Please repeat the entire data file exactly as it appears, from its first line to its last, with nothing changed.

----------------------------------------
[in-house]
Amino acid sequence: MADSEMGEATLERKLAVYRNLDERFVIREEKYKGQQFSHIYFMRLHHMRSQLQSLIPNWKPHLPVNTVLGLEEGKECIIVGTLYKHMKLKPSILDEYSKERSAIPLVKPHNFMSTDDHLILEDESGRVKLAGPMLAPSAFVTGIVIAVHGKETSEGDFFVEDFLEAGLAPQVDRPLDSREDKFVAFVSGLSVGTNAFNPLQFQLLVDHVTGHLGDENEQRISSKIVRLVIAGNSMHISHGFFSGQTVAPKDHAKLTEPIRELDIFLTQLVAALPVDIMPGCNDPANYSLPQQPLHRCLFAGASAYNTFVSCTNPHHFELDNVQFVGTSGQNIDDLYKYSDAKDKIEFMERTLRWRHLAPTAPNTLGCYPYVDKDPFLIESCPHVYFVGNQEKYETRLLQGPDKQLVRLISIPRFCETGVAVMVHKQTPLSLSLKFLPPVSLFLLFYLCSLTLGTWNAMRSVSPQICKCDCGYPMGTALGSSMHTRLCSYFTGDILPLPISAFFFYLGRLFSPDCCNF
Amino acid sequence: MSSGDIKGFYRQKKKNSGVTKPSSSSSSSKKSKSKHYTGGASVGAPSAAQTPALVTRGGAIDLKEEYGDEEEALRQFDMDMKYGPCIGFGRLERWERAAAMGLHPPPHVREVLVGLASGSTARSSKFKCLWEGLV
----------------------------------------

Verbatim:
[in-house]
Amino acid sequence: MADSEMGEATLERKLAVYRNLDERFVIREEKYKGQQFSHIYFMRLHHMRSQLQSLIPNWKPHLPVNTVLGLEEGKECIIVGTLYKHMKLKPSILDEYSKERSAIPLVKPHNFMSTDDHLILEDESGRVKLAGPMLAPSAFVTGIVIAVHGKETSEGDFFVEDFLEAGLAPQVDRPLDSREDKFVAFVSGLSVGTNAFNPLQFQLLVDHVTGHLGDENEQRISSKIVRLVIAGNSMHISHGFFSGQTVAPKDHAKLTEPIRELDIFLTQLVAALPVDIMPGCNDPANYSLPQQPLHRCLFAGASAYNTFVSCTNPHHFELDNVQFVGTSGQNIDDLYKYSDAKDKIEFMERTLRWRHLAPTAPNTLGCYPYVDKDPFLIESCPHVYFVGNQEKYETRLLQGPDKQLVRLISIPRFCETGVAVMVHKQTPLSLSLKFLPPVSLFLLFYLCSLTLGTWNAMRSVSPQICKCDCGYPMGTALGSSMHTRLCSYFTGDILPLPISAFFFYLGRLFSPDCCNF
Amino acid sequence: MSSGDIKGFYRQKKKNSGVTKPSSSSSSSKKSKSKHYTGGASVGAPSAAQTPALVTRGGAIDLKEEYGDEEEALRQFDMDMKYGPCIGFGRLERWERAAAMGLHPPPHVREVLVGLASGSTARSSKFKCLWEGLV